ABSTRACT: Laser-induced temperature jump experiments were used for testing the rates of thermoinduced conformational transitions of reaction center (RC) complexes in chromatophores of Chromatium minutissimum. The thermoinduced transition of the macromolecular RC complex to a state providing effective electron transport from the multiheme cytochrome c to the photoactive bacteriochlorophyll dimer within the temperature range 220-280 K accounts for tens of seconds with activation energy 0.166 eV/molecule. The rate of the thermoinduced transition in the cytochrome-RC complex was found to be three orders of magnitude slower than the rate of similar thermoinduced transition of the electron transfer reaction from the primary to secondary quinone acceptors studied in the preceding work (Chamorovsky et al. in Eur Biophys J 32:537-543, 2003). Parameters of thermoinduced activation of the electron transfer from the multiheme cytochrome c to the photoactive bacteriochlorophyll dimer are discussed in terms of cytochrome c docking onto the RC.
European Biophysics Journal 08/2007; 36(6):601-8. · 2.14 Impact Factor
ABSTRACT: Methods of laser-induced temperature jumps and fast freezing were used for testing the rates of thermoinduced conformational transitions of reaction center (RC) complexes in chromatophores and isolated RC preparations of various photosynthesizing purple bacteria. An electron transfer reaction from primary to secondary quinone acceptors was used as a probe of electron transport efficiency. The thermoinduced transition of the acceptor complex to the conformational state facilitating electron transfer to the secondary quinone acceptor was studied. To investigate the dynamics of spontaneous decay of the RC state induced by the thermal pulse, the thermal pulse was applied either before or during photoinduced activation of electron transport reactions in the RC acceptor complex. The maximum effect was observed if the thermal pulse was applied against the background of steady-state photoactivation of the RC. It was shown that neither the characteristic time of the thermoinduced transition within the temperature range 233-253 K nor the characteristic time of spontaneous decay of this state at 253 K exceeded several tens of milliseconds. Independent support of the estimates was obtained from experiments with varied cooling rates of the samples tested.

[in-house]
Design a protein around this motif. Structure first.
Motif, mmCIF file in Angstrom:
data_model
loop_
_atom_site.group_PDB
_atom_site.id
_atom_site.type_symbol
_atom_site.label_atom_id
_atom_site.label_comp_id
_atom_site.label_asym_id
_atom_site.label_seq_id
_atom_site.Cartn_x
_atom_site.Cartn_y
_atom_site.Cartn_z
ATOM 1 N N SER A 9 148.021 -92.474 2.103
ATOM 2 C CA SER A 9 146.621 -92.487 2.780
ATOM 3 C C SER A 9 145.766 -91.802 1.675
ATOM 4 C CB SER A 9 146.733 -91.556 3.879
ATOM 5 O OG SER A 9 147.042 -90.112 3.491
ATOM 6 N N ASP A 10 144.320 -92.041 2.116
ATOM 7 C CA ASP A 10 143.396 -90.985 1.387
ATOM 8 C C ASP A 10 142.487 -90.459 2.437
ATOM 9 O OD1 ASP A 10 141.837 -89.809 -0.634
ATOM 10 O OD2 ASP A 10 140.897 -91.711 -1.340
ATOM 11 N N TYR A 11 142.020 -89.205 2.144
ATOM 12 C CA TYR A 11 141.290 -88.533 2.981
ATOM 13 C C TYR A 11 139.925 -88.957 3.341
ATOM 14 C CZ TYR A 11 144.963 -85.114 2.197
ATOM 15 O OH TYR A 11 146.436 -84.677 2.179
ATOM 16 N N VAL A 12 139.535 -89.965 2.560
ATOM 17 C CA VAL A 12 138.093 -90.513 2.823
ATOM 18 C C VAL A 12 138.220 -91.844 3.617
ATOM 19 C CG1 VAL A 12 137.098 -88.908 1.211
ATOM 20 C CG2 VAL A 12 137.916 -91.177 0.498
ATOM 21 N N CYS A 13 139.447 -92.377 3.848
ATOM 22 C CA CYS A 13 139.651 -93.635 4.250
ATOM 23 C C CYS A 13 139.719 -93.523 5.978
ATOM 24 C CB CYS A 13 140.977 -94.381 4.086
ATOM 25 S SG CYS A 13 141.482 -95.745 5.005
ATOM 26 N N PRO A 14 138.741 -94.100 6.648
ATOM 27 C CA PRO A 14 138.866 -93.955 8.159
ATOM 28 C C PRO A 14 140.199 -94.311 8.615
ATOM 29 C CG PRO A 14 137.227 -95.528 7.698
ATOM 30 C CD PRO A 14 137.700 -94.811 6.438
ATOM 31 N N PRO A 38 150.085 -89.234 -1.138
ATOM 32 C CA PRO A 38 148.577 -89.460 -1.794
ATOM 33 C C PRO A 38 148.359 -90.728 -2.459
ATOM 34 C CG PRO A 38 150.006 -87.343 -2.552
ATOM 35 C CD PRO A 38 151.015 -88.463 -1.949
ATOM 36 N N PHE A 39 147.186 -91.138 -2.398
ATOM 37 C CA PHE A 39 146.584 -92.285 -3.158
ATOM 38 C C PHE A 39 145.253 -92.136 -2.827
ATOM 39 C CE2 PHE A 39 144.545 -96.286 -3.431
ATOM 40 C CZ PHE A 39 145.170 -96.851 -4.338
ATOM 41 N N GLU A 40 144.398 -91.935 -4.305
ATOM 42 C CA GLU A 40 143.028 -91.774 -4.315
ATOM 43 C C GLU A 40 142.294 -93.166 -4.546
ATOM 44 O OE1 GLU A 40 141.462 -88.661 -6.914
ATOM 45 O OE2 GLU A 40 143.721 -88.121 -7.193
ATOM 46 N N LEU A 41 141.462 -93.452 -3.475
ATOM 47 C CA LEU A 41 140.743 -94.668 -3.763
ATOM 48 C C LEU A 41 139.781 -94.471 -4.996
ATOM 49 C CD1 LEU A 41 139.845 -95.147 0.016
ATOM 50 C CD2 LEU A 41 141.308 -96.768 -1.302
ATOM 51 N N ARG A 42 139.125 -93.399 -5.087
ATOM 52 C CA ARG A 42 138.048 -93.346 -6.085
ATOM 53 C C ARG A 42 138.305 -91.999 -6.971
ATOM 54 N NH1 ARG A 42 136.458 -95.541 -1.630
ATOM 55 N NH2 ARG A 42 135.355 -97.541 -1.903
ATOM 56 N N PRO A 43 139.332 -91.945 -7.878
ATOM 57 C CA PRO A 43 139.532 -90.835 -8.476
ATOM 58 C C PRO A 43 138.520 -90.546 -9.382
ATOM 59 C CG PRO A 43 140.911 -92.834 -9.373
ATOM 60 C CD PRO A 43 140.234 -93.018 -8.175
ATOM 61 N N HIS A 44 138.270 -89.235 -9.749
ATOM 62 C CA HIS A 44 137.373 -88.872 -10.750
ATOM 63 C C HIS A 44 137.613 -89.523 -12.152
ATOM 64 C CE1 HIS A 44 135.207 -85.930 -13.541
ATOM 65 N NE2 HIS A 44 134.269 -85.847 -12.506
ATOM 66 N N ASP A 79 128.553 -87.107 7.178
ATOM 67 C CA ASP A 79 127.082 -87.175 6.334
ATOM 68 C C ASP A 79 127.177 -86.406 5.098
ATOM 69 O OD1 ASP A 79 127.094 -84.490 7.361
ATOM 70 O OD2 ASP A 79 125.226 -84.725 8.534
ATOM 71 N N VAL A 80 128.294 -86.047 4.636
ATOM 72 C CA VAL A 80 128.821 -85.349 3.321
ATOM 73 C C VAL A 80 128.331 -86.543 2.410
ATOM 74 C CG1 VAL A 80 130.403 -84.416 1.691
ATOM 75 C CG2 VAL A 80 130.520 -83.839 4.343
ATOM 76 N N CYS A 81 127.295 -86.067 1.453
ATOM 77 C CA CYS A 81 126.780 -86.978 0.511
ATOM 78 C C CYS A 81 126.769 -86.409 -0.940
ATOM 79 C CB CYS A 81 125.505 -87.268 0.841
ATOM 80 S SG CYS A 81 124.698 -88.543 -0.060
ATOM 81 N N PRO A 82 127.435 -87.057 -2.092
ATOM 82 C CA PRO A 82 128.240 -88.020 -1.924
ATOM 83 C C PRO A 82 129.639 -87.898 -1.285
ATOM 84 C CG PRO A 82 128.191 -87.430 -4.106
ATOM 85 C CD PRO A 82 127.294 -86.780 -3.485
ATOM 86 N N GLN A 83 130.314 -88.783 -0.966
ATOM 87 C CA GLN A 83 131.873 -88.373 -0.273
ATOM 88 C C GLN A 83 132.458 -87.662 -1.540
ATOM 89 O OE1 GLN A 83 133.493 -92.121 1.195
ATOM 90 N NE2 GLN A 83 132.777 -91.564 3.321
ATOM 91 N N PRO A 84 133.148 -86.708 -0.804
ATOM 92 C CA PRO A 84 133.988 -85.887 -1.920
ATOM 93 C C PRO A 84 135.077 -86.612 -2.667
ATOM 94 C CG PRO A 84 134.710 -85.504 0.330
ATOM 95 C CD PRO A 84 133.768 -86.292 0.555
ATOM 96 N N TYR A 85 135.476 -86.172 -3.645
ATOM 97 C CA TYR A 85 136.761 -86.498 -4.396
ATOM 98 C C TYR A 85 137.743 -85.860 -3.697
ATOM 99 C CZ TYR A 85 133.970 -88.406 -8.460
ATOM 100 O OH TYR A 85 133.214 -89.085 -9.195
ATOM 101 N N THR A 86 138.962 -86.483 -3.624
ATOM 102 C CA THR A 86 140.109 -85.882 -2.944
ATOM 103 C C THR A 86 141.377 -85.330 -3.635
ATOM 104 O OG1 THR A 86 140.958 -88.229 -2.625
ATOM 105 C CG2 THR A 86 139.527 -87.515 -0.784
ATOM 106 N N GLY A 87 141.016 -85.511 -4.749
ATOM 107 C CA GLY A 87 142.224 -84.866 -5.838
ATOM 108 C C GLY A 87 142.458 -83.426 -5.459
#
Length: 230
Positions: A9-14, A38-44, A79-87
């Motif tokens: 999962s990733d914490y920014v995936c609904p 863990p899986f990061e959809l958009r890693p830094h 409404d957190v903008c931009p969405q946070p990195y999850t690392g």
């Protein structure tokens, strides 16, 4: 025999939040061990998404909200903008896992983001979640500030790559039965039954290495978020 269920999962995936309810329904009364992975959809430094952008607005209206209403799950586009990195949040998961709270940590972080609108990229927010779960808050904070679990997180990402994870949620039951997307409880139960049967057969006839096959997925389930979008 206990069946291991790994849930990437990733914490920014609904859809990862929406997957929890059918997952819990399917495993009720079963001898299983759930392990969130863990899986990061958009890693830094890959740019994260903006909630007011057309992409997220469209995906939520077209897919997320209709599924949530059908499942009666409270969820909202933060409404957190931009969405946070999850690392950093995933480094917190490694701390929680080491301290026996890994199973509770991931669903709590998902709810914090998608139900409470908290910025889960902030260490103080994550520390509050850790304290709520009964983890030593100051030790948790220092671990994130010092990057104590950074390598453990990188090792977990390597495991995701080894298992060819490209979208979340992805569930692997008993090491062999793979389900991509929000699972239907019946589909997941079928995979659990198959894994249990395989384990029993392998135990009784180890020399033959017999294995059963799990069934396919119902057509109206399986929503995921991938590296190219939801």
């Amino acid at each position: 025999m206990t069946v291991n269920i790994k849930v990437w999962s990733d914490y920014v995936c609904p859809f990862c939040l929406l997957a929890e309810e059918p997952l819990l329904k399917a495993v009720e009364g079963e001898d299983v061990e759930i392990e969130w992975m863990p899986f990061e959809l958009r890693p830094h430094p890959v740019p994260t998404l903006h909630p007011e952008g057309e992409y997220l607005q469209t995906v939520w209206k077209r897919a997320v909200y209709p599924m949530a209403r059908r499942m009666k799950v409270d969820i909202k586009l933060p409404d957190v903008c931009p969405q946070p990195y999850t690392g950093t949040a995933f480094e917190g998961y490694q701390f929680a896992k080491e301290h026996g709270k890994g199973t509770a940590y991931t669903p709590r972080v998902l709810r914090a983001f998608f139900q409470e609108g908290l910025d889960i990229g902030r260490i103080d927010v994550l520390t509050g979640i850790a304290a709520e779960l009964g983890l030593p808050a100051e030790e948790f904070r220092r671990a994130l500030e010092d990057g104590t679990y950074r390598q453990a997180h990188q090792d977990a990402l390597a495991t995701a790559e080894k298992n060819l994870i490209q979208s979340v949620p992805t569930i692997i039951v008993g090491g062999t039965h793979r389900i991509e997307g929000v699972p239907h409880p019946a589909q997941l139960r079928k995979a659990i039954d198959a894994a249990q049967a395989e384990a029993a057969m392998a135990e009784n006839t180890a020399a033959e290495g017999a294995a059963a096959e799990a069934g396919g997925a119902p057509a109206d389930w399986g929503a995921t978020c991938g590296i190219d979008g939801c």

European Biophysics Journal 10/2003; 32(6):537-43. · 2.14 Impact Factor
ABSTRACT: NMR spectra and T1, T2 relaxation times for 1H, 13C and 31P nuclei in membranes of R. rubrum and Rb. sphaeroides recorded at different relative humidity, as well as hydration curves and electron transfer efficiency of these membranes
and membranes of E. shaposhnikovii, reveal complicated relations between structural-dynamic and functional characteristics. A number of sites of the electron
transfer chain are shown to be under the control of structural-dynamic mechanisms. Different parameters characterizing these
membranes at low humidity and during hydration have been established. These findings and analysis of the data from model systems
reveal four different stages of hydration. Each of them is associated with specific changes in structure, dynamics, and function
of photosynthetic membranes and their components. In the first stage the hydration of some polar groups leads to local changes
in the dynamics of the protein component and this influences the recombination between photoactive pigment P and intermediate
acceptor QA. The second stage is induced by incorporation of water molecules into the hydrogen bonds between the polar head groups of
the lipids and within macromolecules. This results in changes of the dynamics of the membranes, the efficiency of the electron
transfer between the quinones and the efficiency of photooxidation of cytochrome c. In the third stage all polar groups are
hydrated owing to the appearance of free water with a high dielectric constant. This makes possible lateral mobility of membrane
components and changes in distances between the interacting macromolecular components. Therefore, the regulation of photosynthetic
processes can be mediated with the participation of mobile carriers. Finally, in the fourth stage, complete humidification
provides conditions for regulation of photosynthesis at the cell level. The mechanisms influencing these processes and the
efficiency and regulation of electron transfer in various parts of the photosynthetic chain are discussed.
European Biophysics Journal 10/1997; 26(6):461-470. · 2.14 Impact Factor